“Where Are You?”

Where in the World Is Carmen Sandiego? (album)

Trying to find Carmen Sandiego was at least fun and educational….

As Jon Tester continues his travels across the state, Montanans are wondering, “Where in the world is Congressman Dennis Rehberg?”

Rehberg’s last public event was two months ago, in Whitefish.  Since then, Rehberg has granted press interviews, but he has refused to meet publicly with the Montanans he’s supposed to serve.

Tester last week hosted two widely attended public forums to discuss online safety with executives from Facebook, and he held a public roundtable with the Billings Chamber of Commerce on the future of energy production in Montana.

Rehberg, however, had no public events.  In fact, Rehberg’s online schedule only lists one day last week, and that day consisted of only three press interviews.

“Following orders from his party bosses in Washington, Congressman Rehberg in December irresponsibly voted against tax relief for middle-class families and against the Keystone Pipeline,” said Ted Dick, Executive Director of the Montana Democratic Party. “No wonder he’s hiding from the public.  After voting against Montana’s best interest, he doesn’t want to be held accountable to the Montanans he’s supposed to serve.  We call on Congressman Rehberg to end his vacation and get to work creating jobs.”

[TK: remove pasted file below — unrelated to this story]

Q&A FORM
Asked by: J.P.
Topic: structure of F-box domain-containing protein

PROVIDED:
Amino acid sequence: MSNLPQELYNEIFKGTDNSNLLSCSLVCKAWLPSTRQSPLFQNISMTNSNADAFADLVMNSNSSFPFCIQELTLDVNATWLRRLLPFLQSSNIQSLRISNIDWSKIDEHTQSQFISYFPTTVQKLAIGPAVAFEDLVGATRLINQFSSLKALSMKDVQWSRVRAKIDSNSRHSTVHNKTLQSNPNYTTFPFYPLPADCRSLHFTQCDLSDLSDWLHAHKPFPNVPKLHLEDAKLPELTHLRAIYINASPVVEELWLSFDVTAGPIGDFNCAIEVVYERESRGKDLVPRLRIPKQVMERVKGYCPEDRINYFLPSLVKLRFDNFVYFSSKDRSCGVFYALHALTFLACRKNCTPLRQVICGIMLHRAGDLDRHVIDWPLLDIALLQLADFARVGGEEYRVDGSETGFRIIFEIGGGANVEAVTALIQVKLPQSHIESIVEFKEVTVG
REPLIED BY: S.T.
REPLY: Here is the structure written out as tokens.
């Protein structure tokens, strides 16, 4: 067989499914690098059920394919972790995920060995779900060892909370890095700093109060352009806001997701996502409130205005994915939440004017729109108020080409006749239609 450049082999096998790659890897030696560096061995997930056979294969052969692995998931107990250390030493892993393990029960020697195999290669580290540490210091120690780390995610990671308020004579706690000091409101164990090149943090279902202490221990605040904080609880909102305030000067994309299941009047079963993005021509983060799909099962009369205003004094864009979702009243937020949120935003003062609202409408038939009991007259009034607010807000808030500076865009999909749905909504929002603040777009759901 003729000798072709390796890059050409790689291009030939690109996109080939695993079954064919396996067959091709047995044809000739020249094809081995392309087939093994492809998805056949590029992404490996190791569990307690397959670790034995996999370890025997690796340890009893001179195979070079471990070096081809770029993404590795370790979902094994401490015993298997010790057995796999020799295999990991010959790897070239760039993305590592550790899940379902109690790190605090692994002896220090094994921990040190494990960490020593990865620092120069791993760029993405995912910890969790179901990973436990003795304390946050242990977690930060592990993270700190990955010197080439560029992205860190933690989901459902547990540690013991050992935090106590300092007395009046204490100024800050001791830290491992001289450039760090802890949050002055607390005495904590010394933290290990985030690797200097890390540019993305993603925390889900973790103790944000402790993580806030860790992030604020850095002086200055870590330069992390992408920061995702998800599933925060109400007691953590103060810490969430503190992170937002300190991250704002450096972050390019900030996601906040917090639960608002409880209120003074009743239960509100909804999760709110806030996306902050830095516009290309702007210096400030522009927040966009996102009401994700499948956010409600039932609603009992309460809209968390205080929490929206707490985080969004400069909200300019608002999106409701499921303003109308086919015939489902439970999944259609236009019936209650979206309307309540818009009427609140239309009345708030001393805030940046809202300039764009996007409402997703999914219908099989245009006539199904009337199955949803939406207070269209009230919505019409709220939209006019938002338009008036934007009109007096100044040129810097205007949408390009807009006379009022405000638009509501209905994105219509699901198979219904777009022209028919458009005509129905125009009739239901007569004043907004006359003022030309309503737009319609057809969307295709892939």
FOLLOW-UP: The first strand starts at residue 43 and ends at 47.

Against overwhelming public opinion to the contrary, Congressman Rehberg recently told the Bozeman Chronicle that the U.S. House was functioning well, despite his vote against extending a payroll tax holiday for the middle class families.

Congressman Rehberg might think playing political games with Keystone jobs and middle class tax cuts is business as usual for Congress, but he would hear something very different from Montanans, if he was willing to meet them face to face,” added Dick. “Thank goodness we have Jon Tester serving us in Congress, working hard every day on Montana’s behalf.”

Last year, Congressman Rehberg also abandoned public meetings after releasing his key appropriations bill weeks late and without public input.  The same day Rehberg was questioned by the press about his lack of public meetings, Congressman Rehberg scheduled two meetings.  Then he watched as a uniformed sheriff removed a Montanan from his event in Jordan.